The war against Alzheimer’s is often waged at home, with a loved one whose memory is declining. But for Chuanhai Cao Ph.D., whose 90-year-old mother has Alzheimer’s in Fushun, Liaoning China, the battle is on in his lab, at the University of South Florida in Tampa.
Cao has been researching: the effectiveness of a low-dose THC and a potential Alzheimer’s vaccine to defeat the progressively debilitating disease that has touched his mother, Yulan Wang.
His work with mice has shown benefits through both.
“We gave low-dose THC to mice and discovered it can slow down memory decline,” says Cao, who believes combined therapies will bring breakthroughs. “Also, the vaccination to transgenic [genetically modified] mice can have memory protection.”
An assistant professor in USF’s College of Medicine Neurology
, Cao has learned a low-dose THC -- the substance that gives a high to marijuana users – inhibits the aggregation of protein associated with Alzheimer’s. Without the high.
“Low-dose THC can prevent the toxic molecules buildup in the brain,” explains Cao, who has been researching the connection for about a decade.
The Potomac, MD-based India Globalization Capital Inc.
recently secured a patent for the low-dose THC; it licensed rights from USF in 2017, about 10 months after USF applied for the patent. The company has finished phase 1 of a clinical trial and is looking for FDA approval for phase 2, says CEO Ram Mukunda. The treatment for patients with mild to advanced Alzheimer’s could potentially be available in five years, he adds.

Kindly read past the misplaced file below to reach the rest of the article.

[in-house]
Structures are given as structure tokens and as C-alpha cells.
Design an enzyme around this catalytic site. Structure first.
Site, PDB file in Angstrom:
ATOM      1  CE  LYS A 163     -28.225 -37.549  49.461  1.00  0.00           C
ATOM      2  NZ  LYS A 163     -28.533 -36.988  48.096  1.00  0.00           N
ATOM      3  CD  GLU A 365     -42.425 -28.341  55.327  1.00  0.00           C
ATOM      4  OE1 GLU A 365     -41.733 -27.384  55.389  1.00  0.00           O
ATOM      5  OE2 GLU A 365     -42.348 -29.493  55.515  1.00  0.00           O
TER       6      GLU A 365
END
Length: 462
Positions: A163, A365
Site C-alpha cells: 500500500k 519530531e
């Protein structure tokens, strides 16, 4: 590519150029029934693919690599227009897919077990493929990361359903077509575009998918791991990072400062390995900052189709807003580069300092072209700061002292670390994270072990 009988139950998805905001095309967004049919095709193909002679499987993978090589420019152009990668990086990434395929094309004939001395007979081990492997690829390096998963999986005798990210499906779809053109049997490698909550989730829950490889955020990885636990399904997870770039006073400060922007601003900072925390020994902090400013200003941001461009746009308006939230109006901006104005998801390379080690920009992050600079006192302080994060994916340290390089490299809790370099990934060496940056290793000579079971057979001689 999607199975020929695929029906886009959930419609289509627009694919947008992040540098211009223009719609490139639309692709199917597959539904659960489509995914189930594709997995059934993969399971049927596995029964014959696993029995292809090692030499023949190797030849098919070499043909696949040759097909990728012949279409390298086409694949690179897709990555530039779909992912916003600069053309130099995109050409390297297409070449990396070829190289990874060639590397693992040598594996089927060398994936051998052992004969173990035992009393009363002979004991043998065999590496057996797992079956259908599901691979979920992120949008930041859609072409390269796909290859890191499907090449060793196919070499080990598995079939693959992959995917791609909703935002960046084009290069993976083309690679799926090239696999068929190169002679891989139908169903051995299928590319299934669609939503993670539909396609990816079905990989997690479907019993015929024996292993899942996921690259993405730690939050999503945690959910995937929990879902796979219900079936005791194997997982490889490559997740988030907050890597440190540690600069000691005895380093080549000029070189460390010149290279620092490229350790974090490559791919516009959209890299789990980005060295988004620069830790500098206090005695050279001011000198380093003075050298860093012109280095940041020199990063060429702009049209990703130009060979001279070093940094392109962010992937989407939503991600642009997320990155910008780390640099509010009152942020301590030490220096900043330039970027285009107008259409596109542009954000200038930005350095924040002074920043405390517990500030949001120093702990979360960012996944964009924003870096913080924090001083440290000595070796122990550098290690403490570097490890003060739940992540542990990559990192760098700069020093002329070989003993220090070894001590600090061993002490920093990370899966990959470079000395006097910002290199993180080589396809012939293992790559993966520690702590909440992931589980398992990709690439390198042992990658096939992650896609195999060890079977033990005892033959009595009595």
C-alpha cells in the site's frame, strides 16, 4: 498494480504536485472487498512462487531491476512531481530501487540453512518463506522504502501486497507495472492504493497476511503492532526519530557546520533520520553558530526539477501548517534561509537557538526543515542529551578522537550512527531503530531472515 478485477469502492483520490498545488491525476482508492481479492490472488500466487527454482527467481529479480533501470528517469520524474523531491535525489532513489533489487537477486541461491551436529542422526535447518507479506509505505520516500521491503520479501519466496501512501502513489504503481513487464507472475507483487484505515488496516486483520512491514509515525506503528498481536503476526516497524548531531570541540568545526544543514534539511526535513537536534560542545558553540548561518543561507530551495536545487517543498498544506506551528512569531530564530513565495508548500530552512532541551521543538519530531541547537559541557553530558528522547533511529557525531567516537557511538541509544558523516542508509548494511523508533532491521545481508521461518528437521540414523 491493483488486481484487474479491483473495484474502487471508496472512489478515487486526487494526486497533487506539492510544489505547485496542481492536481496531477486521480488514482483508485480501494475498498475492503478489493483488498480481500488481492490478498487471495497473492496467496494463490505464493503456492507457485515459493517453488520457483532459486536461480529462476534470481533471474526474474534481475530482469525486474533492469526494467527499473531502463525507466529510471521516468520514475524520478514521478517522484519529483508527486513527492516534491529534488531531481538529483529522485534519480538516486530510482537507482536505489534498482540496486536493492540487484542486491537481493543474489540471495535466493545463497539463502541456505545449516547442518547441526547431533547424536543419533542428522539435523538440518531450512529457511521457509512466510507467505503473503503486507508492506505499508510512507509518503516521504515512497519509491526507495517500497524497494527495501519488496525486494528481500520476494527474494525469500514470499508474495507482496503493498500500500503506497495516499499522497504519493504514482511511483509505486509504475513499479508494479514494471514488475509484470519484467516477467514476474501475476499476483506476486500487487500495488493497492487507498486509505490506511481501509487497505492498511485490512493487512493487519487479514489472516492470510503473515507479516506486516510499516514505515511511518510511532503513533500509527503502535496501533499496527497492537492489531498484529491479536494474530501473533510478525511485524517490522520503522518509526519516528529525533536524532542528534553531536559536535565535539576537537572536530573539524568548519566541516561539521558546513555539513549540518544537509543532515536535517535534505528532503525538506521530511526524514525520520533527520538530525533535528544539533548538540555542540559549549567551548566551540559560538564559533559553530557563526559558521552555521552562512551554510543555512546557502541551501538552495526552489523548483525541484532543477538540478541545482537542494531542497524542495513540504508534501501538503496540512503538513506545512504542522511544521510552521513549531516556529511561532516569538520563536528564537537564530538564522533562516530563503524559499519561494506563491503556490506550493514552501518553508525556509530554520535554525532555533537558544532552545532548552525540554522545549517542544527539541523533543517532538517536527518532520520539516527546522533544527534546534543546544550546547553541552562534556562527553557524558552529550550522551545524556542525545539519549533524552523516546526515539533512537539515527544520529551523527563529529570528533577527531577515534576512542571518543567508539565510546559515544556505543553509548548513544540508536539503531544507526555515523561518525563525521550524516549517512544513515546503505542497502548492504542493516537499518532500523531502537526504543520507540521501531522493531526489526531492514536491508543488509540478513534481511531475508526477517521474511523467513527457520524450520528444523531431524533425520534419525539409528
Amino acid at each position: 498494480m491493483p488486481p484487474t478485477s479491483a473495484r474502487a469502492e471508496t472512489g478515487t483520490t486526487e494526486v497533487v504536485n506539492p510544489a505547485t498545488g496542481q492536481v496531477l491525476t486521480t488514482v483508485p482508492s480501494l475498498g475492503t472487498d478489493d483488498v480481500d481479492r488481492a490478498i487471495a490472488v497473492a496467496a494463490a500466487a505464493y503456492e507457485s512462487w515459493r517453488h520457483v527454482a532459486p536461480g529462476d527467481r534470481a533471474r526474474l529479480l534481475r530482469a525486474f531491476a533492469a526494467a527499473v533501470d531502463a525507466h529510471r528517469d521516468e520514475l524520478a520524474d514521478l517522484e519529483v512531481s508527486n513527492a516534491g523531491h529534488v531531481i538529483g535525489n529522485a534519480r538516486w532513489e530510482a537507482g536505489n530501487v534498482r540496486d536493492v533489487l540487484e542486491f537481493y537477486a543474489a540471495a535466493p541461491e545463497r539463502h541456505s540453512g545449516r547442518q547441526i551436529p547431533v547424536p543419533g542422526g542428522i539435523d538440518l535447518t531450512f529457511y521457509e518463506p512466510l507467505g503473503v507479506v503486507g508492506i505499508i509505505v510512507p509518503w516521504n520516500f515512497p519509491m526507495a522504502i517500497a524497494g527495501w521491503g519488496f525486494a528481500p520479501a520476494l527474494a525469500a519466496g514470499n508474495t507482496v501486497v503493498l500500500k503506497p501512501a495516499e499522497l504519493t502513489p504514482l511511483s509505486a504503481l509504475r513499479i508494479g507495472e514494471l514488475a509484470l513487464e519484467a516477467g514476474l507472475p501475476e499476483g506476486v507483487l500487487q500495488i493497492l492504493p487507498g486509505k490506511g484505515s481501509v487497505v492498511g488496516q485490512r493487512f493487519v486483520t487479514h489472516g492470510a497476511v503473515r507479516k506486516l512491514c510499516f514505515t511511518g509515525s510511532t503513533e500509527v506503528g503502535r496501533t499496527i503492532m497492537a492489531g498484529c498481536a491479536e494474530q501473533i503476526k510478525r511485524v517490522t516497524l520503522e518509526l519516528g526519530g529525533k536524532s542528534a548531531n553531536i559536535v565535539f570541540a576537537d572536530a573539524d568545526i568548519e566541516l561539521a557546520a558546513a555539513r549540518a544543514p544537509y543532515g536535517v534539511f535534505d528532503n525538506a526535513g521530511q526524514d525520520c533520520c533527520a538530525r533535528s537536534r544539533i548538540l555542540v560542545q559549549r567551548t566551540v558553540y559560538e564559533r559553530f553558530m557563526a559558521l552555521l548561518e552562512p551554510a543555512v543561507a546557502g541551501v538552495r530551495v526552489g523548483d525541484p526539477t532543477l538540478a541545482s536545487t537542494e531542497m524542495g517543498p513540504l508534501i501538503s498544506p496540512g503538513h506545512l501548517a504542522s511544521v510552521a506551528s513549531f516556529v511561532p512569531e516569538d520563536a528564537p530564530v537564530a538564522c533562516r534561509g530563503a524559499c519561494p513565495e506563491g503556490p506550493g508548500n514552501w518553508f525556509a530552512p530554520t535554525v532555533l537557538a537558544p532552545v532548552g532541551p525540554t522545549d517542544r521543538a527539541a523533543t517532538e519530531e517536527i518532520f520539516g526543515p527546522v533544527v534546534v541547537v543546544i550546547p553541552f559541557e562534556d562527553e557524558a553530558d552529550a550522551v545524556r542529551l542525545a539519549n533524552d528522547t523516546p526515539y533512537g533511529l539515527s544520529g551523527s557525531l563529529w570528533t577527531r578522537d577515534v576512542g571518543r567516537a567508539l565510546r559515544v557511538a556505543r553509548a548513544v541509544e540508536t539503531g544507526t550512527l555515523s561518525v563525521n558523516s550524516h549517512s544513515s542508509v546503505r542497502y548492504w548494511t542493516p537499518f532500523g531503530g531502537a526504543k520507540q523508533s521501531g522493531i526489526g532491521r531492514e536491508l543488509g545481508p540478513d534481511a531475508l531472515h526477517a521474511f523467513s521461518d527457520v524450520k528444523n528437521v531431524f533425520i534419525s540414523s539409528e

Considered a medical marijuana, the low-dose THC would have to be prescribed by a doctor.
Cao’s initial work on a potential vaccine has been licensed by Alzamend Neuro Inc.
, a company based at USF Connect on the Tampa campus. CEO Stephan Jackman says Alzamend is seeking the FDA approval required before a clinical trial, which may potentially occur next year. It would involve patients with mild-to-moderate Alzheimer’s.
“Once you prove that’s its efficacious in humans, then you can get compassionate use authorization,” Jackman explains.
The immunotherapy involves extracting blood from the patient, mixing it with the patented cocktail, and putting it back into the body.
“Basically it allows the patients’ own immune system to combat Alzheimer’s,” he says. “It stimulates the immune system to fight.”
Jackman describes Cao as the “brain behind” the therapy inspired by an earlier, failed vaccine that over-stimulated the immune system.
“He’s been working on this for over 15 years,” adds Jackman, who believes the vaccine is revolutionary and could foreseeably be used as a preventative to potentially cure Alzheimer’s.
“It’s the first time you’re going to have something like this being used with patients with Alzheimer’s,” he explains. “This is something if it works the way it did in mice.”
The immunotherapy could be available in as little as two or three years for compassionate use and for regular commercial use in four to five years, he says.
Meanwhile Wang’s battle against Alzheimer’s, which has lasted nearly 14 years, continues -- with detailed advice from her son Cao.
“She’s doing OK. She still can communicate to me,” he says.
What suggestions can he give to caregivers waging their own battles to help loved ones?
“My recommendation to other caregivers is melatonin [a hormone available as a supplement] in the evening and coffee or caffeine in the morning,” he says.